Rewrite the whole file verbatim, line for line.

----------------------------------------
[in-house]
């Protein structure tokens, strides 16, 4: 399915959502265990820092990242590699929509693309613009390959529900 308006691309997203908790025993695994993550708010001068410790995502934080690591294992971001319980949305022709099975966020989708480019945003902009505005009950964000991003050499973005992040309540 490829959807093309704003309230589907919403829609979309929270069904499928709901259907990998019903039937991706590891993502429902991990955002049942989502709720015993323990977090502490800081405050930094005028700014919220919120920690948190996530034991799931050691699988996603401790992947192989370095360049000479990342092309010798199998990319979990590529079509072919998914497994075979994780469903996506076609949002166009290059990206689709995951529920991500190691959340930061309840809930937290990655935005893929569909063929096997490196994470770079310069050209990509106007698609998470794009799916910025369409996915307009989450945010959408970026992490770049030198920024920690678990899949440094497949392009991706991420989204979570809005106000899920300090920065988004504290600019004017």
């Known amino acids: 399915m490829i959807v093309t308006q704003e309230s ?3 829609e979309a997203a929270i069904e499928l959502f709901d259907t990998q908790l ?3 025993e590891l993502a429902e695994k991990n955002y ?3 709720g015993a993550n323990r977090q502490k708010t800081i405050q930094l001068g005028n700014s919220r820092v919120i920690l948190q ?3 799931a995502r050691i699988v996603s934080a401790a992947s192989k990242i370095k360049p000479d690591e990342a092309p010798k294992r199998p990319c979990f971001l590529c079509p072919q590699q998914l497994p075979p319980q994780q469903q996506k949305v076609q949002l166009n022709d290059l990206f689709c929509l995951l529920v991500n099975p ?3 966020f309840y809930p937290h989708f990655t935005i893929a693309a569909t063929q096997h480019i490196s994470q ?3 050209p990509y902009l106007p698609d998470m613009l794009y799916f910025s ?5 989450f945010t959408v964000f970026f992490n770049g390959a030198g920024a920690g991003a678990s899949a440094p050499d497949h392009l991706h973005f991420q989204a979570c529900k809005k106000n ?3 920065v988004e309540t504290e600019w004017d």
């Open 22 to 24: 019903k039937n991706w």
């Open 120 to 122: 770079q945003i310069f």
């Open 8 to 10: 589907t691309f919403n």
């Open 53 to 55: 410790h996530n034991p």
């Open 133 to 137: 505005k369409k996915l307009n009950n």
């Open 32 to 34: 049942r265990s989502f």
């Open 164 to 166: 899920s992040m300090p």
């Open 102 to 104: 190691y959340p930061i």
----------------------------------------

[in-house]
């Protein structure tokens, strides 16, 4: 399915959502265990820092990242590699929509693309613009390959529900 308006691309997203908790025993695994993550708010001068410790995502934080690591294992971001319980949305022709099975966020989708480019945003902009505005009950964000991003050499973005992040309540 490829959807093309704003309230589907919403829609979309929270069904499928709901259907990998019903039937991706590891993502429902991990955002049942989502709720015993323990977090502490800081405050930094005028700014919220919120920690948190996530034991799931050691699988996603401790992947192989370095360049000479990342092309010798199998990319979990590529079509072919998914497994075979994780469903996506076609949002166009290059990206689709995951529920991500190691959340930061309840809930937290990655935005893929569909063929096997490196994470770079310069050209990509106007698609998470794009799916910025369409996915307009989450945010959408970026992490770049030198920024920690678990899949440094497949392009991706991420989204979570809005106000899920300090920065988004504290600019004017």
């Known amino acids: 399915m490829i959807v093309t308006q704003e309230s ?3 829609e979309a997203a929270i069904e499928l959502f709901d259907t990998q908790l ?3 025993e590891l993502a429902e695994k991990n955002y ?3 709720g015993a993550n323990r977090q502490k708010t800081i405050q930094l001068g005028n700014s919220r820092v919120i920690l948190q ?3 799931a995502r050691i699988v996603s934080a401790a992947s192989k990242i370095k360049p000479d690591e990342a092309p010798k294992r199998p990319c979990f971001l590529c079509p072919q590699q998914l497994p075979p319980q994780q469903q996506k949305v076609q949002l166009n022709d290059l990206f689709c929509l995951l529920v991500n099975p ?3 966020f309840y809930p937290h989708f990655t935005i893929a693309a569909t063929q096997h480019i490196s994470q ?3 050209p990509y902009l106007p698609d998470m613009l794009y799916f910025s ?5 989450f945010t959408v964000f970026f992490n770049g390959a030198g920024a920690g991003a678990s899949a440094p050499d497949h392009l991706h973005f991420q989204a979570c529900k809005k106000n ?3 920065v988004e309540t504290e600019w004017d």
């Open 22 to 24: 019903k039937n991706w």
């Open 120 to 122: 770079q945003i310069f």
């Open 8 to 10: 589907t691309f919403n």
């Open 53 to 55: 410790h996530n034991p």
């Open 133 to 137: 505005k369409k996915l307009n009950n």
């Open 32 to 34: 049942r265990s989502f």
């Open 164 to 166: 899920s992040m300090p």
């Open 102 to 104: 190691y959340p930061i």